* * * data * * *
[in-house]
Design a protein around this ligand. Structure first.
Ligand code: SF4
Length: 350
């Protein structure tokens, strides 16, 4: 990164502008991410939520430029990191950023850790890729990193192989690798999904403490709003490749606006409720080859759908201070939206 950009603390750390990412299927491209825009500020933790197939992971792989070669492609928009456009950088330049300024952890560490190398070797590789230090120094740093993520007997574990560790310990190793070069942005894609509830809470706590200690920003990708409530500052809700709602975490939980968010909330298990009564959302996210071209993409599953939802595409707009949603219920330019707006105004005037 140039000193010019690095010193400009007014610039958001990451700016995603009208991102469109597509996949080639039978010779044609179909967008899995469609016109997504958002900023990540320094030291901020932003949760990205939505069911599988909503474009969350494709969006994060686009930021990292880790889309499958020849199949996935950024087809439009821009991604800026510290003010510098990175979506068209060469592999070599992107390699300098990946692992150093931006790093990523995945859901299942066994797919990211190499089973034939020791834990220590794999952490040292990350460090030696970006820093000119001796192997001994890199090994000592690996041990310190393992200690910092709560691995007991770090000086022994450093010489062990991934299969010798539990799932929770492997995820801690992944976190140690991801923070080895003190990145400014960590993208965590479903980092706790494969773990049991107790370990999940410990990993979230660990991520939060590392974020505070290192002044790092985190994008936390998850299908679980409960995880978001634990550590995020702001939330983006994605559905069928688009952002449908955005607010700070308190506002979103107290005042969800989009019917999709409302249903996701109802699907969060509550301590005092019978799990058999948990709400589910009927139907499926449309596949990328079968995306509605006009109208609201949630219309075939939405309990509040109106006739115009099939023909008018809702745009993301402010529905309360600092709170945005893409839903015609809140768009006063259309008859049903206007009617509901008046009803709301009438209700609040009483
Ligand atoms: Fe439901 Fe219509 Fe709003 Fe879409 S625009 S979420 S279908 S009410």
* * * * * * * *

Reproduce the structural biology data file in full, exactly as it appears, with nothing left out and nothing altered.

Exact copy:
[in-house]
Design a protein around this ligand. Structure first.
Ligand code: SF4
Length: 350
């Protein structure tokens, strides 16, 4: 990164502008991410939520430029990191950023850790890729990193192989690798999904403490709003490749606006409720080859759908201070939206 950009603390750390990412299927491209825009500020933790197939992971792989070669492609928009456009950088330049300024952890560490190398070797590789230090120094740093993520007997574990560790310990190793070069942005894609509830809470706590200690920003990708409530500052809700709602975490939980968010909330298990009564959302996210071209993409599953939802595409707009949603219920330019707006105004005037 140039000193010019690095010193400009007014610039958001990451700016995603009208991102469109597509996949080639039978010779044609179909967008899995469609016109997504958002900023990540320094030291901020932003949760990205939505069911599988909503474009969350494709969006994060686009930021990292880790889309499958020849199949996935950024087809439009821009991604800026510290003010510098990175979506068209060469592999070599992107390699300098990946692992150093931006790093990523995945859901299942066994797919990211190499089973034939020791834990220590794999952490040292990350460090030696970006820093000119001796192997001994890199090994000592690996041990310190393992200690910092709560691995007991770090000086022994450093010489062990991934299969010798539990799932929770492997995820801690992944976190140690991801923070080895003190990145400014960590993208965590479903980092706790494969773990049991107790370990999940410990990993979230660990991520939060590392974020505070290192002044790092985190994008936390998850299908679980409960995880978001634990550590995020702001939330983006994605559905069928688009952002449908955005607010700070308190506002979103107290005042969800989009019917999709409302249903996701109802699907969060509550301590005092019978799990058999948990709400589910009927139907499926449309596949990328079968995306509605006009109208609201949630219309075939939405309990509040109106006739115009099939023909008018809702745009993301402010529905309360600092709170945005893409839903015609809140768009006063259309008859049903206007009617509901008046009803709301009438209700609040009483
Ligand atoms: Fe439901 Fe219509 Fe709003 Fe879409 S625009 S979420 S279908 S009410």